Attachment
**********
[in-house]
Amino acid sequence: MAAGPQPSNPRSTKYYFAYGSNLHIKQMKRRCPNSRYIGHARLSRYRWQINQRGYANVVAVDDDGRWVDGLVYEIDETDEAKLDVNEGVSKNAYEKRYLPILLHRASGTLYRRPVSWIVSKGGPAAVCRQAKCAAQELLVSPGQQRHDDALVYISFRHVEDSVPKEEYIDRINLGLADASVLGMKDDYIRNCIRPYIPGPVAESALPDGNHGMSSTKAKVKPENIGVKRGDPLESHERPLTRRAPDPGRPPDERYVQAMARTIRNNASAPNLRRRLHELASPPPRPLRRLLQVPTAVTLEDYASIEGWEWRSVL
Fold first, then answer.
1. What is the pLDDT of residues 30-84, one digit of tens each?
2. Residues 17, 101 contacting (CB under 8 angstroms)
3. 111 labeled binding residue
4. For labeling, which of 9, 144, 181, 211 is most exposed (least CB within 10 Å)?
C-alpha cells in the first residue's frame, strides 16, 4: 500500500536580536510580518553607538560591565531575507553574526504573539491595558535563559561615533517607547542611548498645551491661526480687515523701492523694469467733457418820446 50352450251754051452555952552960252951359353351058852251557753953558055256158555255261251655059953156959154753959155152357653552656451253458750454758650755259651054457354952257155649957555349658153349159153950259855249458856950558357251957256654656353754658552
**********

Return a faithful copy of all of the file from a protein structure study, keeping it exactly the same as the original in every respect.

[in-house]
Amino acid sequence: MAAGPQPSNPRSTKYYFAYGSNLHIKQMKRRCPNSRYIGHARLSRYRWQINQRGYANVVAVDDDGRWVDGLVYEIDETDEAKLDVNEGVSKNAYEKRYLPILLHRASGTLYRRPVSWIVSKGGPAAVCRQAKCAAQELLVSPGQQRHDDALVYISFRHVEDSVPKEEYIDRINLGLADASVLGMKDDYIRNCIRPYIPGPVAESALPDGNHGMSSTKAKVKPENIGVKRGDPLESHERPLTRRAPDPGRPPDERYVQAMARTIRNNASAPNLRRRLHELASPPPRPLRRLLQVPTAVTLEDYASIEGWEWRSVL
Fold first, then answer.
1. What is the pLDDT of residues 30-84, one digit of tens each?
2. Residues 17, 101 contacting (CB under 8 angstroms)
3. 111 labeled binding residue
4. For labeling, which of 9, 144, 181, 211 is most exposed (least CB within 10 Å)?
C-alpha cells in the first residue's frame, strides 16, 4: 500500500536580536510580518553607538560591565531575507553574526504573539491595558535563559561615533517607547542611548498645551491661526480687515523701492523694469467733457418820446 50352450251754051452555952552960252951359353351058852251557753953558055256158555255261251655059953156959154753959155152357653552656451253458750454758650755259651054457354952257155649957555349658153349159153950259855249458856950558357251957256654656353754658552